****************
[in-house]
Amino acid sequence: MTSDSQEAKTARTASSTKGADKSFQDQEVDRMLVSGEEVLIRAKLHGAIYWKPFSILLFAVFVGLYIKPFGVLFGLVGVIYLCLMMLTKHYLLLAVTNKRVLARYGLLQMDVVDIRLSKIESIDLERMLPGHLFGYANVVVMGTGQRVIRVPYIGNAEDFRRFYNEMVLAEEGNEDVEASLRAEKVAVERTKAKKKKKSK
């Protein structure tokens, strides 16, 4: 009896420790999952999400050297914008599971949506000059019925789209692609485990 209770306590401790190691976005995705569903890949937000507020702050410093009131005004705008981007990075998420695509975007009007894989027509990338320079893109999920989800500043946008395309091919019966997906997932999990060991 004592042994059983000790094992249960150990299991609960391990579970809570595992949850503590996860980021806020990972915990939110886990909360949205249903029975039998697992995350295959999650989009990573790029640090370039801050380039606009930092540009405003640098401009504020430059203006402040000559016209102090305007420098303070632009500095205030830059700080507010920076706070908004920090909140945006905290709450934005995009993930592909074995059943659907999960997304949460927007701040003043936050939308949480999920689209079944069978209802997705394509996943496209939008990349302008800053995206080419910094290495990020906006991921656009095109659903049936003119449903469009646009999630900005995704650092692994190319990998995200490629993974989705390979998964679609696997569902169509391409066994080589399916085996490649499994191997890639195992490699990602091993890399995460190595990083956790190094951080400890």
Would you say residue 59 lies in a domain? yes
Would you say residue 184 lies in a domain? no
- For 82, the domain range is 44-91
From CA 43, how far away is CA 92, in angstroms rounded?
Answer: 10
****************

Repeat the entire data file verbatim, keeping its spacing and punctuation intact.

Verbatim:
[in-house]
Amino acid sequence: MTSDSQEAKTARTASSTKGADKSFQDQEVDRMLVSGEEVLIRAKLHGAIYWKPFSILLFAVFVGLYIKPFGVLFGLVGVIYLCLMMLTKHYLLLAVTNKRVLARYGLLQMDVVDIRLSKIESIDLERMLPGHLFGYANVVVMGTGQRVIRVPYIGNAEDFRRFYNEMVLAEEGNEDVEASLRAEKVAVERTKAKKKKKSK
């Protein structure tokens, strides 16, 4: 009896420790999952999400050297914008599971949506000059019925789209692609485990 209770306590401790190691976005995705569903890949937000507020702050410093009131005004705008981007990075998420695509975007009007894989027509990338320079893109999920989800500043946008395309091919019966997906997932999990060991 004592042994059983000790094992249960150990299991609960391990579970809570595992949850503590996860980021806020990972915990939110886990909360949205249903029975039998697992995350295959999650989009990573790029640090370039801050380039606009930092540009405003640098401009504020430059203006402040000559016209102090305007420098303070632009500095205030830059700080507010920076706070908004920090909140945006905290709450934005995009993930592909074995059943659907999960997304949460927007701040003043936050939308949480999920689209079944069978209802997705394509996943496209939008990349302008800053995206080419910094290495990020906006991921656009095109659903049936003119449903469009646009999630900005995704650092692994190319990998995200490629993974989705390979998964679609696997569902169509391409066994080589399916085996490649499994191997890639195992490699990602091993890399995460190595990083956790190094951080400890």
Would you say residue 59 lies in a domain? yes
Would you say residue 184 lies in a domain? no
- For 82, the domain range is 44-91
From CA 43, how far away is CA 92, in angstroms rounded?
Answer: 10